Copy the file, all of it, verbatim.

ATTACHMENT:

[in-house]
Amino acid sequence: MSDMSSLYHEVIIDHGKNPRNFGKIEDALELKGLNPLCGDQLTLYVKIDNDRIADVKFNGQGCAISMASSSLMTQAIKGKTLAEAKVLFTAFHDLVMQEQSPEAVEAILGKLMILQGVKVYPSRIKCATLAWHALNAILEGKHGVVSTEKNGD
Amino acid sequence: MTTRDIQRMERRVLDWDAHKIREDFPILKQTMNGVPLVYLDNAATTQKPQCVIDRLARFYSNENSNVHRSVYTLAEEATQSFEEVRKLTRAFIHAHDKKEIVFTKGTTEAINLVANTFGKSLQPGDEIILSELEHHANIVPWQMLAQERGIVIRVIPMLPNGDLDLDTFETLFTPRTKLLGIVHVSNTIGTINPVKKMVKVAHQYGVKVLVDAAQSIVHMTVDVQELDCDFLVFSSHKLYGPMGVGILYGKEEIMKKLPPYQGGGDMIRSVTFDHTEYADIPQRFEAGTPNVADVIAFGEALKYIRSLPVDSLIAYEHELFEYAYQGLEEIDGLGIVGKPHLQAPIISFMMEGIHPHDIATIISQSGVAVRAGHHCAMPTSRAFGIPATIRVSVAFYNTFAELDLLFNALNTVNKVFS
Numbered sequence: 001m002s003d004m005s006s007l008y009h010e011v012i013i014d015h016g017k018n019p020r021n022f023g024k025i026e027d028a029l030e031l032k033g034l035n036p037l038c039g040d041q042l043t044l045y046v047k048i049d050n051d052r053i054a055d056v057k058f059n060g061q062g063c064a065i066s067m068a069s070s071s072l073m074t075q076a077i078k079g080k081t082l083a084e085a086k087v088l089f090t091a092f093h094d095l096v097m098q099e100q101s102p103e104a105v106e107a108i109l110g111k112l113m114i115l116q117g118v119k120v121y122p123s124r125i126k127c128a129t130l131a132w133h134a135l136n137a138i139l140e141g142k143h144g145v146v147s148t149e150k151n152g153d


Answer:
[in-house]
Amino acid sequence: MSDMSSLYHEVIIDHGKNPRNFGKIEDALELKGLNPLCGDQLTLYVKIDNDRIADVKFNGQGCAISMASSSLMTQAIKGKTLAEAKVLFTAFHDLVMQEQSPEAVEAILGKLMILQGVKVYPSRIKCATLAWHALNAILEGKHGVVSTEKNGD
Amino acid sequence: MTTRDIQRMERRVLDWDAHKIREDFPILKQTMNGVPLVYLDNAATTQKPQCVIDRLARFYSNENSNVHRSVYTLAEEATQSFEEVRKLTRAFIHAHDKKEIVFTKGTTEAINLVANTFGKSLQPGDEIILSELEHHANIVPWQMLAQERGIVIRVIPMLPNGDLDLDTFETLFTPRTKLLGIVHVSNTIGTINPVKKMVKVAHQYGVKVLVDAAQSIVHMTVDVQELDCDFLVFSSHKLYGPMGVGILYGKEEIMKKLPPYQGGGDMIRSVTFDHTEYADIPQRFEAGTPNVADVIAFGEALKYIRSLPVDSLIAYEHELFEYAYQGLEEIDGLGIVGKPHLQAPIISFMMEGIHPHDIATIISQSGVAVRAGHHCAMPTSRAFGIPATIRVSVAFYNTFAELDLLFNALNTVNKVFS
Numbered sequence: 001m002s003d004m005s006s007l008y009h010e011v012i013i014d015h016g017k018n019p020r021n022f023g024k025i026e027d028a029l030e031l032k033g034l035n036p037l038c039g040d041q042l043t044l045y046v047k048i049d050n051d052r053i054a055d056v057k058f059n060g061q062g063c064a065i066s067m068a069s070s071s072l073m074t075q076a077i078k079g080k081t082l083a084e085a086k087v088l089f090t091a092f093h094d095l096v097m098q099e100q101s102p103e104a105v106e107a108i109l110g111k112l113m114i115l116q117g118v119k120v121y122p123s124r125i126k127c128a129t130l131a132w133h134a135l136n137a138i139l140e141g142k143h144g145v146v147s148t149e150k151n152g153d